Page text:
Smell of the place

Take a deep breath. I did. Here’s what I noticed. I got up and the first thing I saw was the sunrise and the light mist rising up from the meadow and the rolling hills beyond. I stepped out and heard the faint gurgling sound of the stream flowing nearby.  The air was crisp and clean with a hint of freshly mowed grass.

I got to my office at ETH in Zurich. It’s again a pristine environment. My work deals with advising extremely bright teams with demonstrated technical excellence to convert their ideas into startups. The cafeteria is on the top floor of the building that overlooks Zurich city and the vast expanse of the lake, with a great view of the snow-capped mountains beyond.

Between my residence and my office, I never feel tired and have a perpetual bounce in my step.

Every now and then, I have to travel to Mumbai in India. When I go there during the summer, the temperature is about 35 degrees C, or 95 F, and the humidity is about 99%.  I feel consistently tired and low-energy. This is in spite of not really doing much. My peers from Switzerland often ask me if I’m doing too much sport when I’m in Mumbai. The fact is, I’m not doing much of anything. It’s just the environment that seems to sap me of energy.

The Late Sumantra Ghoshal, global thought leader, and someone I was privileged to have as my mentor during my MBA at the London Business School many years ago, called this the smell of the place. I’m inherently the same person, whether I’m in pristine Zurich through the year or Mumbai in the summer, with its pollution, heat and humidity. It’s the environment that either energises me and motivates to give in my best and find ever-increasing reserves of energy and motivation, or simply gets me down.

The smell of the place pertains to whether you’re starting a startup with a group of co-founders or considering joining one.

If you’re trying to start a company with a group of people, the smell of the place is the feeling you have when you’re discussing ideas with the team. This should be the most energising time in the startup, since it’s at this time that the sky is really the limit and you don’t feel encumbered by the operational challenges of it all. All that can come later. This is the time when you feel empowered to do anything you can set your heart to, where you’re in the same league as the entrepreneurial legends of our time, including Steve Jobs and Elon Musk, whether it’s envisioning entire new industries or establishing the first company to fly to the International Space Station, and being able to say with a straight face that you’d like to die on Mars, only not on impact.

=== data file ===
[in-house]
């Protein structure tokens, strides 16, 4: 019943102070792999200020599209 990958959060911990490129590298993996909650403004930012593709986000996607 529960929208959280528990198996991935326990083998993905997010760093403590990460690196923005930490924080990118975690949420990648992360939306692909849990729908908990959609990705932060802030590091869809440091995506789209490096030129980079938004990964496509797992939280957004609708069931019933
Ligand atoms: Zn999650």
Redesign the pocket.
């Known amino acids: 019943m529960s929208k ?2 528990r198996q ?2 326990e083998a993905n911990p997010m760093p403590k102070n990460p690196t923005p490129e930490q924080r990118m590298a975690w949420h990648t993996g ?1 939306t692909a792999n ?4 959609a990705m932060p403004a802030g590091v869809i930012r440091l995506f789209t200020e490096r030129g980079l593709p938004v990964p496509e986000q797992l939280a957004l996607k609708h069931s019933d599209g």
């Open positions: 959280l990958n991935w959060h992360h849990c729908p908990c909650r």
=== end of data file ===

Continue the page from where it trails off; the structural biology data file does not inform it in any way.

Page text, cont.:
If the smell of the place isn’t right, you’ll know immediately. There can be a whole host of factors. The other team members appear to have other priorities or are not willing to commit, or dither on initial decision-making or are not willing to talk about equity split between founders. If you’re the key driver, your option is is to align expectations and get the uncertainties (and often, the dithering team-members) out of the system, so that everyone is focussed on achieving the same vision. If you’re not the key driver, it’s good for you to remember that most start-ups fail because of team challenges. This is then probably a good time for you to walk away.

On the other hand, if you’re thinking of joining a startup, it’s easy to identify the smell of the place. Are the leaders within the startup trying to support and guide the energy of the people or are they trying to put systems in place to control and aggressively manage the people. Do your potential peers seem aligned with the vision of the startup and do they seem to be having a great time, or can you identify fiefdoms. The answers will help you to recognise the smell of the place as well whether it’s the one you’d like to have around for most of your waking hours.

A key question to ask to help you recognise the smell of the place: Would you still be working there if you had to do it without pay? It’s funny that contrary to what most people expect, a 20% salary difference does not bring sustained happiness, once you make enough to put food on the table. It does make a difference if you work in an environment where you have the opportunity to make magic happen and are appreciated for what you do.

In summary, if you can, change the environment around you so that it smells right. If you can’t, find a place which does.